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Hands on the new Beretta 92X

Beretta is a name that is definitely recognised world wide in the forearms world. But they are not all that well known for their competition 9mm pistols fasor highly competitive in IPSC…..until last year that is!!! Prior to 2020, the Beretta 92 model pistols have been made in around 32000 different variants, nar im kidding, but they have been made is too many variations to list. The Model “M92” was used for many many years by the US military, but that doesn’t make them good for comp use. While the M92 is super reliable and can run is dust and dirt, the heavy trigger, slide mounted safety and heavy weight but poor distributed made the gun far from ideal for comp use, that’s until the new Model 92X hit the scene in the last few years. Immediately making an impact on the world IPSC stage with Team Beretta shooters winning championships left right and centre, taking away a lot of the glory for the usual CZ and Tanfoglio crowd. So what makes the 92X so much better than a 92 (or of the 101 factory versions). Well lets look at it first. Shes pretty dam pretty!!!

One thing I need to add now, is there is many many gun smiths out there, particularly in the states that have made some absolutely incredible iterations of the 92. One of them being the Langdon Tactical 92 Elite and another one to mention is the Wilson Combat Brigadier models. Both are downright wonderful to shoot, but neither are factory Beretta options.

The 1st key area where B’retta struck gold is the weight distribution – adding a heap of weight up front to help with the muzzle rise. 92s have always been a little jumpy, thanks to the high bore axis and the light muzzle end. The weight up front most definitely makes it flat shooting, with power factor specific competition loads the whole gun moves up less than 10mm. When I say the whole gun, I mean the whole gun, not just the front sights which certainly helps to get the gun back on target quickly.

The second main revision is the revisited safety position. Most 92s had the safety on the slide, which to be honest works fine, but sucks for comps. Why? Because, that’s why!!! When you have to rack the slide, be it at the start of a stage, when reloading or for a jam, the safety on the slide made it way to easy to accidentally activate the safety, which means the gun don’t go boom when you want it too. Repositioning the safety back to where the very first model 92 in 1977 had it, on the frame just like the 1911s perfect position eliminates the accidental slide safety activation issue.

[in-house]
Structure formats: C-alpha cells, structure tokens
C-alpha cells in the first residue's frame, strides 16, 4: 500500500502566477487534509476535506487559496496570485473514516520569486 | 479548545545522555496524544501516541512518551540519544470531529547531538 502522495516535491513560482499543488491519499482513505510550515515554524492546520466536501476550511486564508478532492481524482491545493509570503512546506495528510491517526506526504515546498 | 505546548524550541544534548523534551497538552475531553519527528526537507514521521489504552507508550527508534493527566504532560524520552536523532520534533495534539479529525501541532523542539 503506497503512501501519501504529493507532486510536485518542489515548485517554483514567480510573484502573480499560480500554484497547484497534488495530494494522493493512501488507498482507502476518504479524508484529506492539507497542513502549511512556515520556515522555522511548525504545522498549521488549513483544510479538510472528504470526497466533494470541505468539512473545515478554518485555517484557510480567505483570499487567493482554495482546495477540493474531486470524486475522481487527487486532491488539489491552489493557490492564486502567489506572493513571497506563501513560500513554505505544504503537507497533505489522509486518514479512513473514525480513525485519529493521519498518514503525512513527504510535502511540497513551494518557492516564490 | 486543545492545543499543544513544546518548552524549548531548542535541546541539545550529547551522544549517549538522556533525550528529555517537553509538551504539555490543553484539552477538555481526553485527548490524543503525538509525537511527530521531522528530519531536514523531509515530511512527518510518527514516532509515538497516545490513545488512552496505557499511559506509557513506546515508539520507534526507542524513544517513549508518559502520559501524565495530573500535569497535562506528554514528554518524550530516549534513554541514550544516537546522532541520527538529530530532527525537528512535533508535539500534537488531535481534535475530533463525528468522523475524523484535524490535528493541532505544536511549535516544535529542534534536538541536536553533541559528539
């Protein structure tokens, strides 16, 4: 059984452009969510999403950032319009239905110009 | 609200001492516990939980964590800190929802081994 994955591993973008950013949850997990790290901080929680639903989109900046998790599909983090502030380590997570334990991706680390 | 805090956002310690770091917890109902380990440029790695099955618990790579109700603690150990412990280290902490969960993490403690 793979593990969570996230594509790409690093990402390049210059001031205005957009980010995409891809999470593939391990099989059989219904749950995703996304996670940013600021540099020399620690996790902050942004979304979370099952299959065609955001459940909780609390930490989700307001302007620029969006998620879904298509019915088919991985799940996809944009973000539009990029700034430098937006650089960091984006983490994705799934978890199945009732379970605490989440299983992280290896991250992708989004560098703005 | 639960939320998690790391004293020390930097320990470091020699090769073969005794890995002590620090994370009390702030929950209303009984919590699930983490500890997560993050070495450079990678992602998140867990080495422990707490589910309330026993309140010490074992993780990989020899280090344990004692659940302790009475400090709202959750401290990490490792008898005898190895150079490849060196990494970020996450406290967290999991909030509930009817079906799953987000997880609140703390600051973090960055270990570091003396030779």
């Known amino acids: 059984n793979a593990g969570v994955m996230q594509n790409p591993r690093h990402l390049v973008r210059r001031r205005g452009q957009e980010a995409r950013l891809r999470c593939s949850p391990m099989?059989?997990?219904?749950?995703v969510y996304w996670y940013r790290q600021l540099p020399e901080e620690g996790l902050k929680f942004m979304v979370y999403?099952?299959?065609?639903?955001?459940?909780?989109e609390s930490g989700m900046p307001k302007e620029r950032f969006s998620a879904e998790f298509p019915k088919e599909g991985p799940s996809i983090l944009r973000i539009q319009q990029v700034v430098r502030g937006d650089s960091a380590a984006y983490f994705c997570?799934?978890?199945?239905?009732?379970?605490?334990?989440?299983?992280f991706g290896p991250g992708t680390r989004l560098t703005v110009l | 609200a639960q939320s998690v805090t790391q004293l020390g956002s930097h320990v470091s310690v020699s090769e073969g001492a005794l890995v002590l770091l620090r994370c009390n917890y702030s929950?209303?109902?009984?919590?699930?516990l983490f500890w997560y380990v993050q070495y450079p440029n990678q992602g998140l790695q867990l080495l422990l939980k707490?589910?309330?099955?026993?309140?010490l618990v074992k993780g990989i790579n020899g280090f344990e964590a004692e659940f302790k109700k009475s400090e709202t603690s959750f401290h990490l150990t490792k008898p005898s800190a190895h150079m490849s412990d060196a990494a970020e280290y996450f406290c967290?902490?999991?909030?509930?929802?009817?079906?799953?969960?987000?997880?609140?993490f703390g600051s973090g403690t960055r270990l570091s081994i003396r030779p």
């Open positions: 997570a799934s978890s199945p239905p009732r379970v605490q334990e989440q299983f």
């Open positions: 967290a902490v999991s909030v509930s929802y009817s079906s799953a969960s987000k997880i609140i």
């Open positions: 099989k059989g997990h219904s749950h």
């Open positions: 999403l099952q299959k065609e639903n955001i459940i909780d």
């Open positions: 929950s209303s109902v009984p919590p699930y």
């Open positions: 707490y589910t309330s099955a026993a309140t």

Third- finally a good trigger. 92s are a double action single action trigger system. Which means with the hammer forward you can pull the long heavy trigger to pull the hammer and fire. Just like a revolver, CZ75s and sig P226 etc. Once fired the slide locks the hammer back to enable the single action trigger, which means the hammer is cocked and offers a much shorter and lighter trigger pull. All 92s can have the trigger improved but not to the same incredible pull of a CZ, you have always been stuck with an overly heavy long pull double action and a lighter but long single action. The new 92X has an adjustable trigger, already lighter than a highly modded 92 with the double action around 6lbs and the single action of 3lbs. The number don’t lie, that is very respectable but the trigger now has adjustable pull points from the factory which allows you to tune the pre travel to your liking. This is an incredibly improved factor over any other factory built 92.

The other factors that are not as huge as the three above but all factor together to make the difference are the improved grip angle and texture, the extended slide takedown lever to act as a thumb rest, to aid in holding the front of the gun down and the all stainless construction.

Over all The new 92x is a sexy gun, shoots flat as hell and is a pleasure to run. Id absolutely love to run a match with one just to see how it rides through a stage. Being very very heavy at 1.3kgh not loaded it is heavier than your average all metal gun which means it will stay on target well but will be slower to drive through the stage.

Priced at around $2500 aussie dollars, its not expensive in comparison to many but its certainly not cheap. When the current line up of top of the range CZ and Tanfoglio 9mms also around $2200-$2600 its right in the ball park, but the negative is they are a little like rocking horse poo at the moment, there most definitely is not many out there. The owner struck lucky and managed to snag this one but the chances of seeing another for a while is quite slim.

So what are my overall thoughts? Well- I do like it, I like it a hell of a lot. It would definitely take time to get used to the 92 profile, the high bore axis and sights means to run it fast you need to learn the muscle memory of where the gun sits but that weight and the “fits like a glove frame” is certainly nice to hold. Id definitely love to own one, but to be honest its in the same category for me as the Sig X5 and Tanfoglio 9mms- while I would love to own them, for the $2500 price tag id buy something a little more my style ie my dream producion pistol the new version of the Sphinx now the Pheonix Redback 9mm.

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